How to Build a Theme Park in 10 Steps – for Marketers

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Roller Coaster

This article was recently published in BA’s Business Life magazine. It seemed a fun and interesting way of looking at how to create something from scratch which is meant to give people a mind-blowing experience, similarly to creating an integrated marketing campaign from scratch. Too many times we see brands doing campaigns just the way they have always done it, without questioning if it is still the right thing to do, or how it could be improved to give people the integrated 360 degree experience they will want to engage with.

At Flock we use similar methods to the ones listed below (See Flock Together here) to bring teams together at the start of a project. We help clients set strategic objectives, ensure alignment across internal departments and external agencies, assign responsibilities and make sure everyone leaves the room knowing what the next steps are.

1. Blue sky
“Each of the design phases is like a 3D building block in a 3D storybook,” says Peter McGrath. The first stage involves the designers brainstorming ideas about what the attraction could involve. They try to be as free-thinking as possible and the direction of their discussion is mainly driven by the type of technology they want to use, the story they want to tell or the geographical location of the attraction. The ideas are often written on Post-it notes, which are grouped into themes on a wall to narrow down the strongest directions. The discussion is still highly conceptual at this point.

2. Storyboarding
The designers choose the strongest ideas and then take them to the concept design phase. This centres on the creation of storyboards, which are a series of hand-drawn illustrations showing what will be the key moments in the attraction. “Like the movie industry, you start doing big broad idea vignettes but then also refine it into smaller story ideas,” says David Minichiello.

3. Model making
The strongest concepts are turned into models to show what the finished attraction would look like. The construction of the initial models is relatively basic as they are usually made of foam and cardboard cut-outs. They are supplemented with Computer Generated Imagery (CGI) of the attraction from the guests’ perspective.

4. Set drawing
Once the attraction has been visualised through models or CGI, the process moves into a cost estimation phase. The designers then require the park operator’s agreement on the proposed format for the attraction and the estimated budget. Next they produce detailed set drawings, which are essentially blueprints for the attraction.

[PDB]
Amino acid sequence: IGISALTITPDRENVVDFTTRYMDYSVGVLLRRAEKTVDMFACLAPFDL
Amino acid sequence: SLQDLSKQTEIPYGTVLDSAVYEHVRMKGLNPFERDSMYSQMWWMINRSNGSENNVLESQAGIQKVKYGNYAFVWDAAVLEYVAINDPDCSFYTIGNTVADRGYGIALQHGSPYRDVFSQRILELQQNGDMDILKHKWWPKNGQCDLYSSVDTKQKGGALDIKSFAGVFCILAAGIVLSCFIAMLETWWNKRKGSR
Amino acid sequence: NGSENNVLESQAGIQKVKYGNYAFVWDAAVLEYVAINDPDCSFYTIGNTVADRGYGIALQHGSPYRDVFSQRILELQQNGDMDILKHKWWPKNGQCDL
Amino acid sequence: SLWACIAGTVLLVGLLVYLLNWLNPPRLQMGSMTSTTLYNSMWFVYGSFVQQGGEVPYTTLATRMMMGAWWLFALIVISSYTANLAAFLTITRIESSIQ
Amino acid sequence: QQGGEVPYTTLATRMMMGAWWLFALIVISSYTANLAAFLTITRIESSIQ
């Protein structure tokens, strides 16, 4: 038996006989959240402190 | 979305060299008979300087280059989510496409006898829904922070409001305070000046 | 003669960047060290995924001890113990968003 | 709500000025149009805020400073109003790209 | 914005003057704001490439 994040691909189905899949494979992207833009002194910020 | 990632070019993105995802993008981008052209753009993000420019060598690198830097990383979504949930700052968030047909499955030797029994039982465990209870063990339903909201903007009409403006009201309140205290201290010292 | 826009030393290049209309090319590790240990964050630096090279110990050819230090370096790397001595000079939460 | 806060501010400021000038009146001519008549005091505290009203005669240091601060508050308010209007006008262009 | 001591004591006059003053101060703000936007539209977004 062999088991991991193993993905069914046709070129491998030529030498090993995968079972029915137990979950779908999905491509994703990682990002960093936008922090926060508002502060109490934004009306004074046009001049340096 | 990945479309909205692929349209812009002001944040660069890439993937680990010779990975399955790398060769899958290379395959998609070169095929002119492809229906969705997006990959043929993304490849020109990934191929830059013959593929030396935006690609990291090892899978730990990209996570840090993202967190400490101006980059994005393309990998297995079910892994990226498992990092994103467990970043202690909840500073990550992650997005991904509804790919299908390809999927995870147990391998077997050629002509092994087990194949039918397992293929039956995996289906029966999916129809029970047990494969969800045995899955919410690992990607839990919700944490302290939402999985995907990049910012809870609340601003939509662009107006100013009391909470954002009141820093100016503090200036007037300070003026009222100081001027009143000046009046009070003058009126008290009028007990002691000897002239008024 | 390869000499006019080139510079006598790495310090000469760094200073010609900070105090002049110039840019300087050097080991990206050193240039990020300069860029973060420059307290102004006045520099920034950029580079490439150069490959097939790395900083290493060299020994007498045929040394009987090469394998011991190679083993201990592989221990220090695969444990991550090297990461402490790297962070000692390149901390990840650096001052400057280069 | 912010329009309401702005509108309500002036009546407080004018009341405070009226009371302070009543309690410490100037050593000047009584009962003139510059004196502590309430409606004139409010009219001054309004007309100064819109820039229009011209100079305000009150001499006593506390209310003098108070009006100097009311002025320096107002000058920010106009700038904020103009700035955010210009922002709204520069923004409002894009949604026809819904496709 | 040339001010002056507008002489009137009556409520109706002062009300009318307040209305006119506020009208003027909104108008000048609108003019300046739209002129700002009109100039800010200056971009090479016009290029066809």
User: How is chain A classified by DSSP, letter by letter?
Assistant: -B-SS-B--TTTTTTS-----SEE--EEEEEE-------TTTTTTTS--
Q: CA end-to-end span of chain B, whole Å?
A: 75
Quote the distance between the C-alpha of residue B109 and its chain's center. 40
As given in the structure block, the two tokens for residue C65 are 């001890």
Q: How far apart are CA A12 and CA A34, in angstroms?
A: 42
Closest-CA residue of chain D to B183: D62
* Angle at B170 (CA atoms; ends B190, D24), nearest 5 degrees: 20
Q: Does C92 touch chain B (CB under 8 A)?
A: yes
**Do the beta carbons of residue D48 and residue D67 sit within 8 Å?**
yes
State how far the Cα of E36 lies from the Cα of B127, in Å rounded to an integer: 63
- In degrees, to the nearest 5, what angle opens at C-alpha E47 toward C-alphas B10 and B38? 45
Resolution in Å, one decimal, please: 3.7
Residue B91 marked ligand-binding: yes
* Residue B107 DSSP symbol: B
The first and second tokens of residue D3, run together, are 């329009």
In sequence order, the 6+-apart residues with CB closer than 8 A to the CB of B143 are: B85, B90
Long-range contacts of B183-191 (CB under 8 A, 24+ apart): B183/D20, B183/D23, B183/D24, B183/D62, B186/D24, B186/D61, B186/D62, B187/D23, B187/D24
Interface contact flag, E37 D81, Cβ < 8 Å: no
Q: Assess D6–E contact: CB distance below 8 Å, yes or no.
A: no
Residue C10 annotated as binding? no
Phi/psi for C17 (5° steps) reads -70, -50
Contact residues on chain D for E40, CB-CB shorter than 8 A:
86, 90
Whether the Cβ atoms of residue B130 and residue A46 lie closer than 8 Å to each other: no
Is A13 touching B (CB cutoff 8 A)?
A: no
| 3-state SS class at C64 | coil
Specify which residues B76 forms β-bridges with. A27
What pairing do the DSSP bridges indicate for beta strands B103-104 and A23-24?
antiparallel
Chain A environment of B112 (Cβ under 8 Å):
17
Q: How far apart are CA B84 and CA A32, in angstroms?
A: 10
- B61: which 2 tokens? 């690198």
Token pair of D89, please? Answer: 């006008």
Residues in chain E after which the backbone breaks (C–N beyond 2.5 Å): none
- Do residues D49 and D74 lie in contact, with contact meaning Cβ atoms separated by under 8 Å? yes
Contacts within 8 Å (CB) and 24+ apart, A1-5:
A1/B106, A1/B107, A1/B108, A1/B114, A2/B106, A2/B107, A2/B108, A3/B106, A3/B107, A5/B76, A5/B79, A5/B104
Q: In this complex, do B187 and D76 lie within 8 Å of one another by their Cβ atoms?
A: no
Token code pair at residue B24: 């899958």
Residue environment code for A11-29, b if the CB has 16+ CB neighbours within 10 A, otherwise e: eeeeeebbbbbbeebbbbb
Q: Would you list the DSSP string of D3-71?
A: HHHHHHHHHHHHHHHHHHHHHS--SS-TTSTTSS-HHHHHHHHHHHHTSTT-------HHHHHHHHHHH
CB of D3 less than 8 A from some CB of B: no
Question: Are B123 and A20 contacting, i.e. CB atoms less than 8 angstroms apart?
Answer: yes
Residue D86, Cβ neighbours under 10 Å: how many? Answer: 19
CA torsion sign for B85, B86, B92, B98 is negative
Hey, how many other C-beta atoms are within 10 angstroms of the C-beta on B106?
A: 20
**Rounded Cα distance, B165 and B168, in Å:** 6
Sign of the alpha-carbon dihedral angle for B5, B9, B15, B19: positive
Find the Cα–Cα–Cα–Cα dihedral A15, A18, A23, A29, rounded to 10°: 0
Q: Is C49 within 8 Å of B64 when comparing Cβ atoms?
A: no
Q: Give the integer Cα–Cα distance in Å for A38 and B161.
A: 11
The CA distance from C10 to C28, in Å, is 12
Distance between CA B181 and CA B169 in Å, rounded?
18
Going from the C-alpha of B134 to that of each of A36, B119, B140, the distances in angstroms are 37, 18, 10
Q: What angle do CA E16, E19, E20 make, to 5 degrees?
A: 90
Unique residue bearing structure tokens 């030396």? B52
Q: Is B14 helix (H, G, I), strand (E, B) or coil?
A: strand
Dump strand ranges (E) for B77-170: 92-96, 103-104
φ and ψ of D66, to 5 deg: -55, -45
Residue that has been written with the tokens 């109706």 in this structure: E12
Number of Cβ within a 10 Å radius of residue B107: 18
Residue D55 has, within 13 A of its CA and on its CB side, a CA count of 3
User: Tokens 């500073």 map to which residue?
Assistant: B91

5. Feasibility analysis
This phase answers perhaps the most important question: how will the attraction be built? It focuses on the technical detail and engineering which will underpin it. The special effects and audio designers use the models and set designs for reference and the acoustics team studies the proposed space so that it can provide input.

6. Contract document design
The designers pool their feedback from the different areas involved with the planning of the attraction. This is condensed into a contract document that outlines the work required to build the attraction. Contractors bid for it and the key areas covered are show control, lighting, audio, ride manufacture and installation.

7. Construction
Some of the work is carried out directly by the designers and a team of them supervise the construction in the field. Ride systems are typically manufactured by specialist companies and it is the design surrounding them which makes the overall experience unique.

8. The finale
Once installation is complete the attraction goes through a test and adjust period that focuses on areas such as audio levels, programme animation and effects. Then comes the grand opening. It usually takes between two to five years from the first blue sky meetings to the doors of the attraction swinging open. However, the designers’ work doesn’t end there.

9. Maintaining standards
Once the attraction has opened it is overseen by a group of designers from the Show Quality Standards (SQS) division. It makes minor tweaks and improvements to the attraction when necessary.

10. Measuring guest response
The success of the designers’ work is judged by guest surveys. The park operator monitors guests’ intent to revisit, intent to recommend and general levels of satisfaction. The attraction is also measured using objective business-driven criteria, the main one being Theoretical Hourly Ride Capacity (THRC). This shows the number of guests per hour that can experience an attraction under optimal conditions. The more the better.

So if you need help with getting people to queue up for your “roller coaster”, give us a call here, we will be delighted to assist you.


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